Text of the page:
The tragedy and harshness of Helen Spence’s brief life was related on front pages of newspapers across the country. But as the 80th anniversary of her controversial death approaches, it’s unfortunate that outside of her Arkansas County birthplace, most are totally unfamiliar with the strikingly attractive young woman who as a two-time killer was also a victim of class discrimination and possible corruption not uncommon in her time.
Pine Bluff native Denise White Parkinson is intent on not only bringing her story to the forefront, but also leading a charge for a governor’s posthumous pardon of Spence. Parkinson’s first step in the campaign is her book, “Daughter of the White River: Depression-Era Treachery and Vengeance in the Arkansas Delta,” published by The History Press of Charleston, S.C.
Parkinson — a journalist who has written for both The Arkansas Democrat-Gazette and Arkansas Times — will be presenting an informational program on Spence at 1 p.m. Saturday at the Pine Bluff/Jefferson County Historical Museum. She’ll be accompanied by L.C. Brown of St. Charles, a leading authority on Spence and a primary source for Parkinson’s book.
Parkinson will be autographing and selling copies of her book. Admission will be free and cookies and punch will be provided.
Spence was born around 1912 as a member of a White River, houseboat-dwelling and primarily private clan referenced by others as “river rats.” After making it through nine years of schooling, she was briefly married to an area moonshiner. When the marriage failed, she returned to the river and resumed residency with her father and stepmother.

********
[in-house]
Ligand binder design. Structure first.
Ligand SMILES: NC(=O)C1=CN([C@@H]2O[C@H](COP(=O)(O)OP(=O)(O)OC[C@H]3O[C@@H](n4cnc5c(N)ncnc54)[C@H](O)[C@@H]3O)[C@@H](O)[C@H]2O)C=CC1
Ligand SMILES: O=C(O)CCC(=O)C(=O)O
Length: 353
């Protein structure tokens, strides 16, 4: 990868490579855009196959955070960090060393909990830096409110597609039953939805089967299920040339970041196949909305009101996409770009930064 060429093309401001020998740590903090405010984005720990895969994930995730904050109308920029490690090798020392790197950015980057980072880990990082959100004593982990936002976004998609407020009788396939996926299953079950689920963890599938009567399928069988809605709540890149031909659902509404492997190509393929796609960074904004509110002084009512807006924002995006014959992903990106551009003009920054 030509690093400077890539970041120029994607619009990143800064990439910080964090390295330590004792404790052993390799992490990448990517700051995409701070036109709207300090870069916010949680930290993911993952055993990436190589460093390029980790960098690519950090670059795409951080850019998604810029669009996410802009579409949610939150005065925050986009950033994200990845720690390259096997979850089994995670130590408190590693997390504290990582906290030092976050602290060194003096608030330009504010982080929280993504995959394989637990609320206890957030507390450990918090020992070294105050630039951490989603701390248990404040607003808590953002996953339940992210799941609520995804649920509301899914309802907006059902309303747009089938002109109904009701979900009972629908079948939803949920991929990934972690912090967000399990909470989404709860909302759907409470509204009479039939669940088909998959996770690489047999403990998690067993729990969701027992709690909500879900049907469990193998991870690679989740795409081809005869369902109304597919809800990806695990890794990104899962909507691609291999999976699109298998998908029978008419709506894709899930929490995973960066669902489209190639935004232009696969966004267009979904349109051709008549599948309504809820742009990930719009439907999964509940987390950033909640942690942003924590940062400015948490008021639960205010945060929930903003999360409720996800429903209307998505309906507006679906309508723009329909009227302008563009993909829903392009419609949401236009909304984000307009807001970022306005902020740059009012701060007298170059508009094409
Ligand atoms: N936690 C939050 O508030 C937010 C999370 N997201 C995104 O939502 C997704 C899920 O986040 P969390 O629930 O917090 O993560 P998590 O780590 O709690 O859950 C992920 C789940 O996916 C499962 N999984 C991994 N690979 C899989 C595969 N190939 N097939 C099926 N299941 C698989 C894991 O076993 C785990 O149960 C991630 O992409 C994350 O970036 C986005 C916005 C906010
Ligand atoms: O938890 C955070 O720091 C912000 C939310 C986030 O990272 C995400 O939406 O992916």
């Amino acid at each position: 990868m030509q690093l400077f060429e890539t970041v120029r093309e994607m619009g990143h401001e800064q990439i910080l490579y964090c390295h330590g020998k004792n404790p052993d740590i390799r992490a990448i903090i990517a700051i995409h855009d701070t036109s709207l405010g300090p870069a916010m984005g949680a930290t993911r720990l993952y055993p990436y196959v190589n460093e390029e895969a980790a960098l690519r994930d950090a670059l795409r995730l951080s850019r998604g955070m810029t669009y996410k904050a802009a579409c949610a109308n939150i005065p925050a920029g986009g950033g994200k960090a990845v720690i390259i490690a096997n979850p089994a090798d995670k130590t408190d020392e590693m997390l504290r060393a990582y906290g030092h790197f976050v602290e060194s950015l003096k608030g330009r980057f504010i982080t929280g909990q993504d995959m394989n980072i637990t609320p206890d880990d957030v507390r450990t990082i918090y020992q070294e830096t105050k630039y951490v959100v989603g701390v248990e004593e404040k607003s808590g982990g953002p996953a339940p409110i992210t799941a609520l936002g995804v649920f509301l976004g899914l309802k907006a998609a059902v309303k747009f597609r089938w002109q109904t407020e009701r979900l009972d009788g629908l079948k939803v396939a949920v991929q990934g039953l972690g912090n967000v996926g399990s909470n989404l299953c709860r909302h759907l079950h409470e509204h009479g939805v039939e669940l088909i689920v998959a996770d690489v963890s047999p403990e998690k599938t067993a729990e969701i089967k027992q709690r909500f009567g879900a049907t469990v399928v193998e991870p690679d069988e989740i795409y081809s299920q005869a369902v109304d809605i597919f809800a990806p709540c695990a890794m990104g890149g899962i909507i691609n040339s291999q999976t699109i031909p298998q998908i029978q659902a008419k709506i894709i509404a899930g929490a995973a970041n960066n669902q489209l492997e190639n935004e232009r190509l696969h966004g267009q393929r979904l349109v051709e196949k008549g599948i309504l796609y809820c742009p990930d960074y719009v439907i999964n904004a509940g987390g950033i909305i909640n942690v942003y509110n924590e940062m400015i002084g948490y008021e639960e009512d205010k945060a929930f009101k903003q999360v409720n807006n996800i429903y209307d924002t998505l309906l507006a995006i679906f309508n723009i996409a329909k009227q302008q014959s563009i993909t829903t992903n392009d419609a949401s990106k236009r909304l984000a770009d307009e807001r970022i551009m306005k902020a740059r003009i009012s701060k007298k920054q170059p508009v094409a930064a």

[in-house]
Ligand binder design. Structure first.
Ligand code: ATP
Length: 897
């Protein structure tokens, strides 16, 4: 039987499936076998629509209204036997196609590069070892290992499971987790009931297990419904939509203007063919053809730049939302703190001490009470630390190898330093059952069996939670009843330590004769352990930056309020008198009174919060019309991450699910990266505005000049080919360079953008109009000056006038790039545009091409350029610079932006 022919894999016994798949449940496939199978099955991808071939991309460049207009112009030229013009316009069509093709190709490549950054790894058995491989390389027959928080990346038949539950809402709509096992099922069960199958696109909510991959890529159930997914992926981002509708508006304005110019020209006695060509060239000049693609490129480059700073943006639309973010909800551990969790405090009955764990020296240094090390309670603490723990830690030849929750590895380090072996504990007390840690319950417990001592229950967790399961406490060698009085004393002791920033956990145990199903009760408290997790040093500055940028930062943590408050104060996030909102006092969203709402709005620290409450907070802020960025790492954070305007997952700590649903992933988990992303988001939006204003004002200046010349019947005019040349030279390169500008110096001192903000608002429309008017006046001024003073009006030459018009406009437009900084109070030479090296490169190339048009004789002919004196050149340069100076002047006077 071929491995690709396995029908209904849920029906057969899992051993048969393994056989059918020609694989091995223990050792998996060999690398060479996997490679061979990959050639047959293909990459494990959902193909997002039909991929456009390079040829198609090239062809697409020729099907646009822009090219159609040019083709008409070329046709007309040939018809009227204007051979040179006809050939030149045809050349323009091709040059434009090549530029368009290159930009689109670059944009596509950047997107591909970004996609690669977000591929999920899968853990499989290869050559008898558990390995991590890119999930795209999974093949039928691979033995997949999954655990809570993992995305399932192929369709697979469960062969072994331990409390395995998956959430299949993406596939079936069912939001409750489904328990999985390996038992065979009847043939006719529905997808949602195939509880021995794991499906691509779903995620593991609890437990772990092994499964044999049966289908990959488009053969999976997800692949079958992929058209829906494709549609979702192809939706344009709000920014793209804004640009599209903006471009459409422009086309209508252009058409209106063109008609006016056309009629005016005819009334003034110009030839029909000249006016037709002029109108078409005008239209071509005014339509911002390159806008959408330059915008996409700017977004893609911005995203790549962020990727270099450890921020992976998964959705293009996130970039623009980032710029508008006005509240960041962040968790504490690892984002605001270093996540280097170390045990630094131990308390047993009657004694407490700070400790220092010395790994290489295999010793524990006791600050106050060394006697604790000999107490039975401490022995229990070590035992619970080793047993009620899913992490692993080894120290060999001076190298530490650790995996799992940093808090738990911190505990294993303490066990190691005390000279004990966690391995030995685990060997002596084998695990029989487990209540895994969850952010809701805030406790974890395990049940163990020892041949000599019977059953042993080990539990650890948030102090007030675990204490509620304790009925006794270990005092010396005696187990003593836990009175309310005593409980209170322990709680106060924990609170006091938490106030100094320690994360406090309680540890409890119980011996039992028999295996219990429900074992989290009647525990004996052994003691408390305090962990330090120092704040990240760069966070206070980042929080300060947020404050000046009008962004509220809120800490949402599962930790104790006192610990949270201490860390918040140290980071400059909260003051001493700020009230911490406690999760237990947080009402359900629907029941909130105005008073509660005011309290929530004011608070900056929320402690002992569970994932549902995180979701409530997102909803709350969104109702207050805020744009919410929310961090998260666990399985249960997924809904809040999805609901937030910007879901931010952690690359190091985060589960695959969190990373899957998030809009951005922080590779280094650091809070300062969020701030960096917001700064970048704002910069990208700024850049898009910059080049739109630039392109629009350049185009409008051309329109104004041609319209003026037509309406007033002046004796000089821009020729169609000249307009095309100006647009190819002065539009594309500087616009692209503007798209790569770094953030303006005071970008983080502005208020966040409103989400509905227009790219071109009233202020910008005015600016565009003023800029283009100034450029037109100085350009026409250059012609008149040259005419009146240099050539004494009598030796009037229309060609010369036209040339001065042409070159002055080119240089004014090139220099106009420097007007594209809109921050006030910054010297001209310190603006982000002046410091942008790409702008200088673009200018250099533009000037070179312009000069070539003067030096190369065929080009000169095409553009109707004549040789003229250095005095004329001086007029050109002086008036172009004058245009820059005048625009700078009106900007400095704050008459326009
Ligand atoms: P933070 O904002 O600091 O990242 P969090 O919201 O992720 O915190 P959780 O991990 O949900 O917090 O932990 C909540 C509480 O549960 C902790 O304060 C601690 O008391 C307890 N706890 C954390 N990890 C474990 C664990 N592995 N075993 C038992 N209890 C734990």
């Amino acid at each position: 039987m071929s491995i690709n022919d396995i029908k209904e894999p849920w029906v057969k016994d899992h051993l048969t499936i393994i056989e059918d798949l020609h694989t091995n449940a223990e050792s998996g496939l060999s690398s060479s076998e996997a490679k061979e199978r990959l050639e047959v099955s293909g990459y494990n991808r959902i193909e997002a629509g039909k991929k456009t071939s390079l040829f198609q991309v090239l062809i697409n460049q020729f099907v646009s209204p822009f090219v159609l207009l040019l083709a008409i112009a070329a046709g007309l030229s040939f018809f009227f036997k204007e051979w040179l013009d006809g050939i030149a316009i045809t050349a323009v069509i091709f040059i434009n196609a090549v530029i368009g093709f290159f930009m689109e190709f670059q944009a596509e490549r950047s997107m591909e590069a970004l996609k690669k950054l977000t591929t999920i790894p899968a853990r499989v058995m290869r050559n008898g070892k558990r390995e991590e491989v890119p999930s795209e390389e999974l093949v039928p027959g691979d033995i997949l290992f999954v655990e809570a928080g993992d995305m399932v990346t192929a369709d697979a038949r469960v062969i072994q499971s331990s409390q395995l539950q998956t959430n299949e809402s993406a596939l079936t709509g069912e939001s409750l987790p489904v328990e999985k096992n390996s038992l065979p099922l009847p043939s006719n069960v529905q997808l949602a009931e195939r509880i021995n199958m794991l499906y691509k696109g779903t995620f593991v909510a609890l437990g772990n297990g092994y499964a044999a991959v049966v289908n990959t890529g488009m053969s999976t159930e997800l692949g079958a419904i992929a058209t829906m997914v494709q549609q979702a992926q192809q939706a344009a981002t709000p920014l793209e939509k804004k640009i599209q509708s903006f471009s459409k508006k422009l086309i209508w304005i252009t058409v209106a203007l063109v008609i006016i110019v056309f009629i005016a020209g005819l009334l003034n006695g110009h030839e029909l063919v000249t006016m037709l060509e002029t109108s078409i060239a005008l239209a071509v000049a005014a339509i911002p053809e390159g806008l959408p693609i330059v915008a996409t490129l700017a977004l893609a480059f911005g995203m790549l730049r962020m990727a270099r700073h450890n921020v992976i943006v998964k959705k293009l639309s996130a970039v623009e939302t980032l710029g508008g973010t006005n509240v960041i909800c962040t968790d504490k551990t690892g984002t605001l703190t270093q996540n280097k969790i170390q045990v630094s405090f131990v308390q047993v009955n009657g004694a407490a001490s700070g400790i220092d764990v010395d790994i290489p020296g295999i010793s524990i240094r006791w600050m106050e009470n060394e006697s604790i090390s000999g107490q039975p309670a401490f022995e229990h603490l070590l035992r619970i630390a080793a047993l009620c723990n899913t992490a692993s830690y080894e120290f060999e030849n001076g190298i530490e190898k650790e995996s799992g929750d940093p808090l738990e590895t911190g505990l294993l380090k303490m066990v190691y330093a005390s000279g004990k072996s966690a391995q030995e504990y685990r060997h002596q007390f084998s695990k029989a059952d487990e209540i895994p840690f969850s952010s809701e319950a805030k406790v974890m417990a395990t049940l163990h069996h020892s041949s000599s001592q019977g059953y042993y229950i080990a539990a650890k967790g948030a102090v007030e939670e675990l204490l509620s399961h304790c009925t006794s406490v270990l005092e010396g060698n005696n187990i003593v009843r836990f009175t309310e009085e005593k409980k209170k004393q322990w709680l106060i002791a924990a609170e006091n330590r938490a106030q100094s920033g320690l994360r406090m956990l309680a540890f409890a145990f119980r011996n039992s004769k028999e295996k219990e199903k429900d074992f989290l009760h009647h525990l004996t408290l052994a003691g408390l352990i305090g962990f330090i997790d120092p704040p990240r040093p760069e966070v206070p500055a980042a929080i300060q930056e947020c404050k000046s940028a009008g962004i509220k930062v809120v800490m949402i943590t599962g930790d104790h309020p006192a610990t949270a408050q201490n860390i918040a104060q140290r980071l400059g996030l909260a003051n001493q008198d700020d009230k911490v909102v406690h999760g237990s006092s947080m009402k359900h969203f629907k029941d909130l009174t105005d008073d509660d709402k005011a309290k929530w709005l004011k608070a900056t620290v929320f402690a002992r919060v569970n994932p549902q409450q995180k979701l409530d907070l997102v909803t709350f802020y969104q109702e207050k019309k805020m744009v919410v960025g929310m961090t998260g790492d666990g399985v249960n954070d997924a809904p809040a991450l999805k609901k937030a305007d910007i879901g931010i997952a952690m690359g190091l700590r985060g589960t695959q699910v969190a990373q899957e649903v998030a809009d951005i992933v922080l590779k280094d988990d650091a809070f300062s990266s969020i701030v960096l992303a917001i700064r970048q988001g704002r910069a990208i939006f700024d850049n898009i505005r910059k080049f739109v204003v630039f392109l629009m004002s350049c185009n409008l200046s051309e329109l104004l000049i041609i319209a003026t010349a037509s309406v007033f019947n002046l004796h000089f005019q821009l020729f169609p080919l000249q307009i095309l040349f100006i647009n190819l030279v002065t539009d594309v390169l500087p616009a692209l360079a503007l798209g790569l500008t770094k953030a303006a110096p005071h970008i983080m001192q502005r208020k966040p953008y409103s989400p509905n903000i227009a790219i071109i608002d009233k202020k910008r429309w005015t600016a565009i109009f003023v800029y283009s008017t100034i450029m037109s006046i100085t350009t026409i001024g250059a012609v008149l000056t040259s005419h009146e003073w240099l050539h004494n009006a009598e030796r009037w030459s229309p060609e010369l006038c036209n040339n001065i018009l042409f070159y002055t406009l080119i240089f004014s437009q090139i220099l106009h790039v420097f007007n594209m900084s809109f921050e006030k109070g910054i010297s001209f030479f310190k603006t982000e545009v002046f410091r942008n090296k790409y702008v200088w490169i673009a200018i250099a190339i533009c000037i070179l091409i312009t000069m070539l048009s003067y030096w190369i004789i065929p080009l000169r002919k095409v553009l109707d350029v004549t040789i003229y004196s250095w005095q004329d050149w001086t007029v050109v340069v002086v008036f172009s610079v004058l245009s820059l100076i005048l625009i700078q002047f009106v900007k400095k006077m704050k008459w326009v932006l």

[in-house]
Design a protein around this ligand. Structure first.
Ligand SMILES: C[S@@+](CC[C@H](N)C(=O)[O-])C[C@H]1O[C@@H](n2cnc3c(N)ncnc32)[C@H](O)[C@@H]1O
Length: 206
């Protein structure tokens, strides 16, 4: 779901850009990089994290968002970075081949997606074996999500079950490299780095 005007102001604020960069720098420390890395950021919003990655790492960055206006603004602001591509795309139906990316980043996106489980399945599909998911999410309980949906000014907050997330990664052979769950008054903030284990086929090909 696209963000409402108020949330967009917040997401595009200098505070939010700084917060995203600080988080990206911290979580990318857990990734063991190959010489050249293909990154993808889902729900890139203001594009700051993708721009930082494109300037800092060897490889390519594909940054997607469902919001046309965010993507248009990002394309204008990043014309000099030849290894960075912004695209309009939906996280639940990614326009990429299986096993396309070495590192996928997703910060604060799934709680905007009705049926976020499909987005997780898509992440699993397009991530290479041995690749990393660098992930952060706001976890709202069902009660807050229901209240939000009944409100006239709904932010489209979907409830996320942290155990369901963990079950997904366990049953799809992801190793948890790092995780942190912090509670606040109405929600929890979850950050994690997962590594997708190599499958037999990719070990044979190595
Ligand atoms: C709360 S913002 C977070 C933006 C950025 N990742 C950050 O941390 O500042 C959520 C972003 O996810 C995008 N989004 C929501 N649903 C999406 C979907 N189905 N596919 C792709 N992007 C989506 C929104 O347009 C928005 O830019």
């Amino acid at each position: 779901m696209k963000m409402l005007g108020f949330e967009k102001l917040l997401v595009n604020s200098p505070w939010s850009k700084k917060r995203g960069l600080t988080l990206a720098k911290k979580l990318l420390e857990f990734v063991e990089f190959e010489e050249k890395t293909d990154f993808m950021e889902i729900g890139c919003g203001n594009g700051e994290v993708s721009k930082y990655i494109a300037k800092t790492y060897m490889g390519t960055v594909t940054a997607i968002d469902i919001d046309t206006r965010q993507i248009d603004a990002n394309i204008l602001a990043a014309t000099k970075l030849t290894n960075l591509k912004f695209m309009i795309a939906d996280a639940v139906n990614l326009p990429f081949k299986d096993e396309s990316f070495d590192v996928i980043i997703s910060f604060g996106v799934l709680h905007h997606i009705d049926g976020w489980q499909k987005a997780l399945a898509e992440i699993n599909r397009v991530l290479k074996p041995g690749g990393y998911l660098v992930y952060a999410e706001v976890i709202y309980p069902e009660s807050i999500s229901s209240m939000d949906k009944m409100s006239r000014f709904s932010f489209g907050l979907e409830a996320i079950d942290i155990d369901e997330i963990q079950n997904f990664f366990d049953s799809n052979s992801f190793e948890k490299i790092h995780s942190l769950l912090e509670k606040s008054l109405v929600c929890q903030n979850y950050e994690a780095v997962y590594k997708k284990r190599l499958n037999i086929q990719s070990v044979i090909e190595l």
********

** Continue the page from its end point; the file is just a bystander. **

In early January 1931, her father was shot and killed by a Jack Worls, who also brutally attacked and sexually assaulted Spence’s stepmother, who died a few days later. Worls was quickly apprehended and put on trial in DeWitt, near St. Charles.
Within the Arkansas County Courthouse — as a jury commenced in determining Worls’ fate — Spence, still in mourning, decided to mete out her own justice, drawing a pistol and shooting Worls to death in a courtroom packed with witnesses. “He killed my daddy,” she said. The event netted front-page headlines nationally, with most accounts indicating favor of and sympathy to the pretty teenager.
A swell of support for Spence led to her parole after just eight months of imprisonment on a mansalughter conviction.
After her release, Spence confessed to a previous DeWitt shooting death of a man whom, she said, had stalked and threatened her. Her previous defenders turned against her.
Spence was sentenced to 10 years of hard labor for second-degree murder. She became an escape artist. Within a two-month span of 1933, she escaped three times. Her flair for freedom again won widespread media attention and increased her popularity with the public.
Always recaptured, she became a victim of barbaric punishment that endangered her health and nearly killed her.
On July 10, 1934, Spence purportedly attempted her final flee. She was shot from behind by a trusty guard and died instantly. The trusty was a convicted murderer, too, and was acting on the orders of an assistant warden, who was cleared on charges of being an accessory to Spence’s slaying for allowing the woman’s escape. The inmate was indicted for murder but acquitted and then paroled, only to wind up dead in DeWitt after boasting of killing Spence, according to Brown.
Parkinson relates Spence’s story in a unique fashion, wrapping it with an account of her own family’s history with the White River. Featuring a number of photographs, it’s an interesting book that takes readers on a boat ride to the “good old days” that weren’t so grand for Spence and her fellow river rats.
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Do you have a question on a local historical event or figure, or a story of photo from Southeast Arkansas’ past to share? Email Rick Joslin at email@example.com.